Chemistry 101: Introduction To Chemistry is one of the most commonly taken courses at Binghamton University because of the multitude of requirements it fulfills, whether for a particular major, a general education requirement or as part of the required pre-health curriculum. However, pre-health students will now have another option to fulfill this requirement, with new pre-health-centered introductory chemistry classes.
Currently, general chemistry at BU is comprised of two courses: Chemistry 107: Introduction to Chemistry Principles I and Chemistry 108: Introduction to Chemistry Principles II. The recent change will create a new three-class sequence: Chemistry 104: General Chemistry I, Chemistry 105: General Chemistry II, and Chemistry 106: General Chemistry Laboratory. Chemistry 104: General Chemistry I and Chemistry 105: General Chemistry II will serve as the lecture portion of the sequence, and Chemistry 106: General Chemistry Laboratory will serve as the laboratory portion of the class. Currently, Chemistry 107: Introduction to Chemistry Principles I and Chemistry 108: Introduction to Chemistry Principles II include a lab portion.
According to Alexsa Silva, director of instruction and outreach in the chemistry department, there were multiple motivating factors behind the decision to create new pre-health chemistry courses.
“Last year our largest course, sequence [Chemistry 107: Introduction to Chemistry Principles I] and [Chemistry 108: Introduction to Chemistry Principles II], had more than 1,000 students enrolled,” Silva wrote in an email. “It became clear to us that, instead of just opening another section, we have to analyze who is taking the class and if they would benefit from a different course altogether.”
Christof Grewer, undergraduate program chair and professor of chemistry, said Chemistry 106: General Chemistry Laboratory, the lab portion of the sequence, can be taken either in the spring or fall semester.
“It will provide more flexibility for students as to when to take the lab component,” Grewer wrote in an email. “Transfer of credit from other institutions that have two lecture and one lab systems will be much more straightforward.”
According to Silva, there will be some differences between the pre-health and non-pre-health chemistry courses, although they will both provide a strong foundation in chemistry for students.
“There will be many similarities between the two courses, particularly on their primary learning objectives,” Silva wrote. “Both [Chemistry 104: General Chemistry I] and [Chemistry 107: Introduction to Chemistry Principles I] and [Chemistry 105: General Chemistry II] and [Chemistry 108: Introduction to Chemistry Principles II] will comprehensively cover all topics in general chemistry and will prepare students for their future coursework and careers. Both sequences will have the same final exams. The new sequence, [Chemistry 104: General Chemistry I] and [Chemistry 105: General Chemistry II], will explore how chemical principles relate to biological and medical applications.”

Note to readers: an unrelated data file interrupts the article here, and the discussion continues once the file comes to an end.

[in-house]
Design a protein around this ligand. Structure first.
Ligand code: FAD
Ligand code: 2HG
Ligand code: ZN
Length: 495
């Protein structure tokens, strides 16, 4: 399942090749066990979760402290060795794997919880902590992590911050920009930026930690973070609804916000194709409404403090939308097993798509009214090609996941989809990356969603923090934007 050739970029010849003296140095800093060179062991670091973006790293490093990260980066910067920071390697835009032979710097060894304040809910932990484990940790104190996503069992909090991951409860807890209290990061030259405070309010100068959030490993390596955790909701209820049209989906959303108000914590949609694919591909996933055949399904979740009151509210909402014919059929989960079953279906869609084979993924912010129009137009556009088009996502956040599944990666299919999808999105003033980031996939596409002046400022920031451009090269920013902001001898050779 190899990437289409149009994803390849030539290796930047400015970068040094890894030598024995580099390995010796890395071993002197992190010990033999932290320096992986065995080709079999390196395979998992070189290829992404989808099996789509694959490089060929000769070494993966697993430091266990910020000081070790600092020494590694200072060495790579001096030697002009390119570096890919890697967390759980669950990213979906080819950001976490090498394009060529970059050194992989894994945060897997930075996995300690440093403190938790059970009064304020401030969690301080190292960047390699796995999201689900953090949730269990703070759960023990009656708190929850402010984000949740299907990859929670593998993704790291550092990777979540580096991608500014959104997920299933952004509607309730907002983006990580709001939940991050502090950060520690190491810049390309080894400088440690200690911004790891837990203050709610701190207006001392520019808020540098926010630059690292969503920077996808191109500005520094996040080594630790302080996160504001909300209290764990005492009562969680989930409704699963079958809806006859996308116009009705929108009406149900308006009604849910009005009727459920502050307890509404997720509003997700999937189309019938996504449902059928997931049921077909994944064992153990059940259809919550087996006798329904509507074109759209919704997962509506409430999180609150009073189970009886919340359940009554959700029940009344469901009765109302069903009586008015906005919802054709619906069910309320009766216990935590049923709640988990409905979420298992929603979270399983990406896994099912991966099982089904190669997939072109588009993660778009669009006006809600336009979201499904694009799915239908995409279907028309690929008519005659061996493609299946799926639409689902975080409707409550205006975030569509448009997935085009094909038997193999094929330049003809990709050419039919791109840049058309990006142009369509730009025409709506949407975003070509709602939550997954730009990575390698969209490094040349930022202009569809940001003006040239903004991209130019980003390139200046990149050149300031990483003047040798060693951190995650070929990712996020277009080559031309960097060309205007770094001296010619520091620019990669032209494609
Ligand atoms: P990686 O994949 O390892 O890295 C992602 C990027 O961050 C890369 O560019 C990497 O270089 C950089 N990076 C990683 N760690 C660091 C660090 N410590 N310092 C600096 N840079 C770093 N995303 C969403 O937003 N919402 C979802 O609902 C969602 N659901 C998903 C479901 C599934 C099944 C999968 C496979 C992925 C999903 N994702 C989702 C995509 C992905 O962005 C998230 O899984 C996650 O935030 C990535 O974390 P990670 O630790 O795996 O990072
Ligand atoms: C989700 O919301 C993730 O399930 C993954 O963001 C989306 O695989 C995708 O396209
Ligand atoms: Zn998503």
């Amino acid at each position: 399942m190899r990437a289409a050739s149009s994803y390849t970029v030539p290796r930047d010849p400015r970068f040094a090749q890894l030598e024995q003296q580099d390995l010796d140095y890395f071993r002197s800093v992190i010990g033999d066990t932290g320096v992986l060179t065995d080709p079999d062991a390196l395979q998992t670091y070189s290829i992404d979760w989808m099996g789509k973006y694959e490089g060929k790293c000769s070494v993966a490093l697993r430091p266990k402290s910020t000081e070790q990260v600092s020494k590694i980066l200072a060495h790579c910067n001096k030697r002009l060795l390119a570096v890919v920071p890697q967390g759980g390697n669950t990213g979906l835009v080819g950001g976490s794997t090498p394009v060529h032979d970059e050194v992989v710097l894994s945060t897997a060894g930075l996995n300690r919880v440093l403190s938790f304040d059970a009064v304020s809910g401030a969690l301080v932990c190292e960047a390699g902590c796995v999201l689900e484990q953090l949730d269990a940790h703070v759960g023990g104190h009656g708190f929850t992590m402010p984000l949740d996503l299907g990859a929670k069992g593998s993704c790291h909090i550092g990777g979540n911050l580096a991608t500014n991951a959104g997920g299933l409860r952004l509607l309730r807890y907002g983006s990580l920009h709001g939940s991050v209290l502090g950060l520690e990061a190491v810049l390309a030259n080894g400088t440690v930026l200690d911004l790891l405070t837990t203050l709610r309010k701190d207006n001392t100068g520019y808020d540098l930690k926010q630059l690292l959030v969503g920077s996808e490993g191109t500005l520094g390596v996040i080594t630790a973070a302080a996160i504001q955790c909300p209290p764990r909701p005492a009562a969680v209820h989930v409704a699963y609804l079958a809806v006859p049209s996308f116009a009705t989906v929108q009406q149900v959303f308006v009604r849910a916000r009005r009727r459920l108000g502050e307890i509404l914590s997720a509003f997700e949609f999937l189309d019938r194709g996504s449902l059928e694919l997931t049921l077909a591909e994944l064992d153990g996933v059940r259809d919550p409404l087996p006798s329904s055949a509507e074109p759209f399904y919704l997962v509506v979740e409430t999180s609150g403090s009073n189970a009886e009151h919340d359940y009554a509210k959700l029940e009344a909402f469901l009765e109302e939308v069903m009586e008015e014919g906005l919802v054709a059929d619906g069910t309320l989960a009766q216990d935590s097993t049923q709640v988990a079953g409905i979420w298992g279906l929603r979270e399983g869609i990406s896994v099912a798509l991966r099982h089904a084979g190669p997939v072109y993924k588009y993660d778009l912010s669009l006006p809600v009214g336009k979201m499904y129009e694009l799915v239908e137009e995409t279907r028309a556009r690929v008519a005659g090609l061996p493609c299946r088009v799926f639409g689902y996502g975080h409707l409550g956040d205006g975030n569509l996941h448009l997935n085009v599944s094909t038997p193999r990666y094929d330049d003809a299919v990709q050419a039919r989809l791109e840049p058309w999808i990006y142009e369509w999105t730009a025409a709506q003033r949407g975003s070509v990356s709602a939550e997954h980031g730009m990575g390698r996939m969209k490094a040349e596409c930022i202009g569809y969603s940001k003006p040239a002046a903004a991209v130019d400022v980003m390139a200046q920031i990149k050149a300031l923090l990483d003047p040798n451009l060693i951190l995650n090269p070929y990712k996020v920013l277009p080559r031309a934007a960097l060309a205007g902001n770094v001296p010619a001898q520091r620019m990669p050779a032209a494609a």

Both Grewer and Silva said the desired outcomes for these changes are both logistical and academic.
“The expected outcome for students is much higher flexibility in terms of course selection, easier transfer of credit from other institutions and largely reduced waiting lists for lab courses,” Grewer wrote.
Silva echoed this statement and said the change will focus on benefiting students’ pursuit of careers.
“These changes are meant to bring about a more personally enriching environment for students to apply their coursework and knowledge to fields related to their career of interest,” Silva said.
However, some pre-health students, like Evelyn DeVoesick, a sophomore majoring in biochemistry, have mixed feelings about the changes. DeVoesick said she thinks one reason for the change is to highlight students’ lab experience while applying for medical schools.
“I think there are pros and cons to the changes,” DeVoesick said. “I understand why they made this change and I’m all for smaller class size. I agree that medical schools want to see labs separately. I think it might be difficult for freshmen that are undecided, though, because it can be difficult to switch up classes once you’ve registered.”
DeVoesick said she is also concerned that the quality of the pre-health chemistry class may become inferior to that of Chemistry 107: Introduction to Chemistry Principles I and Chemistry 108: Introduction to Chemistry Principles II.
“When you start making a class pre-health it can sometimes get dulled down,” DeVoesick said. “For example, the pre-health biochemistry class is considered easier than the standard biochemistry class. I believe that if you’re a pre-health student you should be held to a higher standard.”
Sonali Patel, a sophomore double-majoring in biology and business administration, said she is also ambivalent about the changes.
“I liked how [Chemistry 107: Introduction to Chemistry Principles I] and [Chemistry 108: Introduction to Chemistry Principles II] was structured when I took it and given the option, I don’t think I would’ve taken pre-health introductory chemistry,” Patel said. “I think that this could be a good change if the pre-health chemistry classes actually focus on chemistry as it relates to medicine.”
According to Grewer, the new Chemistry 104: General Chemistry I, Chemistry 105: General Chemistry II and Chemistry 106: General Chemistry Laboratory sequence will be offered for the first time in summer 2020.